Picture by: Kamil Antosiewicz Monika Powalisz
Article by Minsoo Kim
East Asian International Relations (IR) is a paradox; in the wake of rising nationalism and territorial disputes, instability has marked these relations despite increasing economic interdependence. Northeast Asia lacks an effective institution for multilateral security cooperation, such as the Organization for Security and Co-operation in Europe (OSCE) or the North Atlantic Treaty Organization (NATO). In the post-World War II period, the United States (US) created a hub-and-spoke security framework of US-centered bilateral relationships.
From 2003 to 2007, the six-party talks between the US, North Korea, South Korea, Russia, China, and Japan, created an ad-hoc multilateral security cooperation aimed to address security concerns raised by the North Korean nuclear weapons program. However, it is quite clear that such efforts failed to produce the desired compliance with international norms. A brief inquiry into the history of international nuclear nonproliferation norms and North Korea’s refusal to abide by them, as well as the various foreign policy strategies both suggested and critiqued, will better equip us to think critically about the North Korean nuclear issue.
Multilateral Treaties on Nuclear Nonproliferation and Disarmament
The Treaty on the Non-Proliferation of Nuclear Weapons (NPT) aims to “prevent the spread of nuclear weapons and weapons technology, to promote cooperation in the peaceful uses of nuclear energy and to further the goal of achieving nuclear disarmament and general and complete disarmament.” The NPT entered into force in 1970, and in 1995 was extended indefinitely. 191 States have ratified this binding treaty, more than any other arms limitation and disarmament agreement. The International Atomic Energy Agency (IAEA) is responsible for a safeguards system, which is used to verify compliance through IAEA-led inspections. There have been other multilateral treaties established with the goal of nuclear nonproliferation, including the Partial Test Ban Treaty (PTBT) of 1963 and the Treaty on the Prohibition of Nuclear Weapons (TPNW), which opened for signatures in 2017 but has not yet taken force.
North Korea and Nuclear Nonproliferation
North Korea has long viewed nuclear weapons as a solution to their geopolitical insecurities. Following the collapse of the Soviet Union in 1991, North Korea struggled to adjust to the new international political situation. Economic difficulties weakened its conventional military weapons systems, forcing Kim Il-Sung to turn to nuclear weapons to survive. North Korea had already been developing nuclear technology with its own mines and reactors when it signed the NPT in 1985. The IAEA began inspections in 1992, but it found inconsistencies with North Korea’s initial declaration regarding the existence of undeclared plutonium. North Korea subsequently blocked inspectors and threatened to withdraw from the NPT. The US resumed negotiations with North Korea, leading to the 1994 Agreed Framework. Under this agreement, North Korea was to freeze its nuclear facilities in return for US provision of conventional fuel and two light-water reactors incapable of producing potential weapons-grade fuel.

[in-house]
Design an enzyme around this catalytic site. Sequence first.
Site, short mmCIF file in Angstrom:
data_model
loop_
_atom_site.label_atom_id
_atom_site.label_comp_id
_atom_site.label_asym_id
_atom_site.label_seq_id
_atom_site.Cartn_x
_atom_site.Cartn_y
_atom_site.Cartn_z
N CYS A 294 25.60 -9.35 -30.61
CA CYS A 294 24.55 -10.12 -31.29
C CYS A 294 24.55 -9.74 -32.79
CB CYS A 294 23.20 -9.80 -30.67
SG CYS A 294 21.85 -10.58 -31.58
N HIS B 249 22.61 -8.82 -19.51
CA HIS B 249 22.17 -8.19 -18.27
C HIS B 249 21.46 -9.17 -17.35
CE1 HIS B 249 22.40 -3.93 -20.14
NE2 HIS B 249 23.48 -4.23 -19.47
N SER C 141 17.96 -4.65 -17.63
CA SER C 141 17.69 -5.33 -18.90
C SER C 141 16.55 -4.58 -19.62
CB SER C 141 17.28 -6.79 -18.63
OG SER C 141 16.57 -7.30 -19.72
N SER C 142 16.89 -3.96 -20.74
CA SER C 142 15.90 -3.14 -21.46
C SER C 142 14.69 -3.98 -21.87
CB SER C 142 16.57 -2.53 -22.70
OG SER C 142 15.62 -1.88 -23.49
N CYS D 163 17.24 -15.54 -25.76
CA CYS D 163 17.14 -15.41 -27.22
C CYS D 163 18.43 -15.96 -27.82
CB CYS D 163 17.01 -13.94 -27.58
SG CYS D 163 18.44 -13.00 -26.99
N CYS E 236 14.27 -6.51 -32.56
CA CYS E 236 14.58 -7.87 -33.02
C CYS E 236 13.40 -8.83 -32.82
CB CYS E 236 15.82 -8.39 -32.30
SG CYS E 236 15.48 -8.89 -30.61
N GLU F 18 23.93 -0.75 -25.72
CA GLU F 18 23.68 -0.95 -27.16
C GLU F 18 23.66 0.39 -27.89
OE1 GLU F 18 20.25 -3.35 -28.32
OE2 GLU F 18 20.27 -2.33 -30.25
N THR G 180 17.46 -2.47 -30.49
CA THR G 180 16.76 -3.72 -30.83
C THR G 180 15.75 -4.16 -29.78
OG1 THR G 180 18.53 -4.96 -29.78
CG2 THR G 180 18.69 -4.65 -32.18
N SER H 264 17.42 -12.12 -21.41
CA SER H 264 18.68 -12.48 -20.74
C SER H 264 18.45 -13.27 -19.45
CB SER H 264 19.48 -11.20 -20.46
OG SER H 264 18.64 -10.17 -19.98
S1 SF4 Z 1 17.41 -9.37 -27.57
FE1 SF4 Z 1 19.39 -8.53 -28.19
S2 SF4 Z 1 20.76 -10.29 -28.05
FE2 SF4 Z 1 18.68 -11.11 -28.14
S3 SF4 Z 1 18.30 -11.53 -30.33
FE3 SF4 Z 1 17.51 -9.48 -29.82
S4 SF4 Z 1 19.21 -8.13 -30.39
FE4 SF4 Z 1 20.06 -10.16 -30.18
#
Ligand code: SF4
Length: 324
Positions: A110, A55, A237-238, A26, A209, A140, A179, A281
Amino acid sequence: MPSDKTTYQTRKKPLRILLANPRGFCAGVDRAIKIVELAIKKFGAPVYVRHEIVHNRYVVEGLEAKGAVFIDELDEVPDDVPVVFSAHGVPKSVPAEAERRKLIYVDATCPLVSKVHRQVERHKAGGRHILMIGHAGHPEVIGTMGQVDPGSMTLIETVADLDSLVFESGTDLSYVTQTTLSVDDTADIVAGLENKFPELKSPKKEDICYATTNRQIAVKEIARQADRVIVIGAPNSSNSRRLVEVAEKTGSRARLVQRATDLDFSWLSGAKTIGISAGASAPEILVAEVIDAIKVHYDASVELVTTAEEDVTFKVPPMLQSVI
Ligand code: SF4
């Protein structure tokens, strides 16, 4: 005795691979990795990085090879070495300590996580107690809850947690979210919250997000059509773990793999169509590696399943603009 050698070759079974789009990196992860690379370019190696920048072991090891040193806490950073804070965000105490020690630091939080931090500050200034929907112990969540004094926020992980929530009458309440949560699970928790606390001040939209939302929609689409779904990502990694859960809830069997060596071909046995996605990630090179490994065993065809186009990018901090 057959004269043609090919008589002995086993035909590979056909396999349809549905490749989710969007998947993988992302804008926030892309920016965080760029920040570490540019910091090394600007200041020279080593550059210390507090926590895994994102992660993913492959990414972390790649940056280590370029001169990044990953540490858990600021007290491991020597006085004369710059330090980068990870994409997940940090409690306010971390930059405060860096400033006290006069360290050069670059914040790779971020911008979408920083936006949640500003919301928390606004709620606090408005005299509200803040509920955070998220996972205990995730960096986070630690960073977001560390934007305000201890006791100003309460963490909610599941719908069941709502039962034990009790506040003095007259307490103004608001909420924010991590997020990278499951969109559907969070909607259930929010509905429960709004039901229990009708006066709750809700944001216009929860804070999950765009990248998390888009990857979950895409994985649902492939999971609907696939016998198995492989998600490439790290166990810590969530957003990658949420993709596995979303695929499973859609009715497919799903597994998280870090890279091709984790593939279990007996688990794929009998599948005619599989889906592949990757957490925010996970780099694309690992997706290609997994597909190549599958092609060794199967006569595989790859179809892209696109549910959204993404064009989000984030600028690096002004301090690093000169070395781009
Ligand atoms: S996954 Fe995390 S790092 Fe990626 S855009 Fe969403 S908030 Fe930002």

In 2002, North Korea confirmed a secret “programme to enrich uranium for nuclear weapons,” and the US subsequently withdrew from the Agreed Framework. North Korea kicked out IAEA inspectors, and in 2003, withdrew from the NPT. The Bush Administration sought a multilateral approach and established the Six-Party Talks in order to utilize Chinese influence on North Korea to rack up regional pressure. There was not much progress until the 2005 Agreement, in which North Korea agreed to denuclearize, return to the NPT, and allow IAEA inspections. The other five parties agreed to take steps for diplomatic and economic normalization and to provide energy. Implementation floundered after the US froze North Korean accounts at Macau’s Banco Delta Asia, accusing them of money laundering.
North Korea conducted its first nuclear test in 2006, which set off United Nations Security Council Resolution (UNSCR) 1718 imposing sanctions. The US responded with their first bilateral negotiations with North Korea, leading to a resumption of the Six-Party Talks. North Korea agreed to disable its nuclear facilities, report nuclear activities, and allow verification. However, conflict over verification methods led to a breakdown in the talks in 2008. North Korea conducted its second nuclear test in 2009 at the start of the Obama Administration, prompting additional sanctions under UNSCR 1874.
Amidst increasing tension, bilateral contacts between the US and North Korea in 2011 led to the 2012 Agreement, in which North Korea agreed to a moratorium on nuclear tests, long-range missile launches, and uranium enrichment activity, and allowed international inspections, all in return for US food aid. However, North Korea conducted its third nuclear test in the spring of 2013, prompting further sanctions under UNSCR 2094. North Korea continued its aggressive nuclear development strategy, conducting its fourth and fifth nuclear tests in 2016, and its sixth test in 2017. The 2016 tests led to UNSCR 2270 and UNSCR 2321, while the 2017 test prompted UNSCR 2375. The latter UNSCR strengthen oil sanctions, banned overseas sales of North Korean textiles, and further restricted North Korean labor exports.